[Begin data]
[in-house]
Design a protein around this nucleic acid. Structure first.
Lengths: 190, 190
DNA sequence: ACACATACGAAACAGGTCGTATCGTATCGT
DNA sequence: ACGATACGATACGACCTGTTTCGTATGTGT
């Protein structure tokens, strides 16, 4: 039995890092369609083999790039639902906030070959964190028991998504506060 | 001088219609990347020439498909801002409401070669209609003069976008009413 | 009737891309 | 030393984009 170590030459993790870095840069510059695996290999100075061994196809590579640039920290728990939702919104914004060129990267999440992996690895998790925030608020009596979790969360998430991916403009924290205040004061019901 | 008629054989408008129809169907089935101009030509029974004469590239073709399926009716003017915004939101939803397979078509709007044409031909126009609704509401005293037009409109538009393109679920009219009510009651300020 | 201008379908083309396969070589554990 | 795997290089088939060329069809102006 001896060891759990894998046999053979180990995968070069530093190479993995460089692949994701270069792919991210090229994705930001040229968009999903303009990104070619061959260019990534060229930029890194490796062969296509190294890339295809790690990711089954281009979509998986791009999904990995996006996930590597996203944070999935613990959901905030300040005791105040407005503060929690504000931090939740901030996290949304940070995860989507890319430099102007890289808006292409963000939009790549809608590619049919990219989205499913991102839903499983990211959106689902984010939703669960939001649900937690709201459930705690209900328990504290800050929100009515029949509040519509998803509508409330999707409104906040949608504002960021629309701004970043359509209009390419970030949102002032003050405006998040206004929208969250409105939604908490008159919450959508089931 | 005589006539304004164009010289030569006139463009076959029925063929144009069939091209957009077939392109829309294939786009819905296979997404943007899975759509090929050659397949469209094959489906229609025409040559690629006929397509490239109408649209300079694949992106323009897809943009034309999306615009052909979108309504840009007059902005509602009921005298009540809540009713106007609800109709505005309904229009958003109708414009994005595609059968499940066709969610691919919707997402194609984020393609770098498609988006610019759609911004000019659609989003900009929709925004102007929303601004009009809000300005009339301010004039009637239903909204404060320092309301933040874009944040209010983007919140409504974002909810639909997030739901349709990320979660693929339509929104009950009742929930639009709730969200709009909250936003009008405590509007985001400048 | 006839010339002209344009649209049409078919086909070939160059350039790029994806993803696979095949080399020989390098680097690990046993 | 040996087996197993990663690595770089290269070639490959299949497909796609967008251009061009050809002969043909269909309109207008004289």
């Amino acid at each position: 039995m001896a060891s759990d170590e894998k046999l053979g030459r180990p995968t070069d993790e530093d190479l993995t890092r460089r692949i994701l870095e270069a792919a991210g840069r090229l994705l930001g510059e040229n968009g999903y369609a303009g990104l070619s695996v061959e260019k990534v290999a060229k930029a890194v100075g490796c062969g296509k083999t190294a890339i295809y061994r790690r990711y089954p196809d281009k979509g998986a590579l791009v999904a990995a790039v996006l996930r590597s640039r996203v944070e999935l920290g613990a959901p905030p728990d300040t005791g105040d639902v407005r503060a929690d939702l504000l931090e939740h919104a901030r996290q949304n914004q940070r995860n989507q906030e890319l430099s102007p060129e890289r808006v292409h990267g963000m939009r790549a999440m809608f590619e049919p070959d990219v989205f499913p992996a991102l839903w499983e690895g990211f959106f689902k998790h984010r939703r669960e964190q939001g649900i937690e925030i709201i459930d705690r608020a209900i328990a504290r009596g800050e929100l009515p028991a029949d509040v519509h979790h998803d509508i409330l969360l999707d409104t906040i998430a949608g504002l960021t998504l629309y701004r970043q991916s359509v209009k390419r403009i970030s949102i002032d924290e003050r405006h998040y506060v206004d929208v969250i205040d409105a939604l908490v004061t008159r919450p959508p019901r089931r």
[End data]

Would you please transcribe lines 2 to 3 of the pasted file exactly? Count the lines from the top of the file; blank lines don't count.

Design a protein around this nucleic acid. Structure first.
Lengths: 190, 190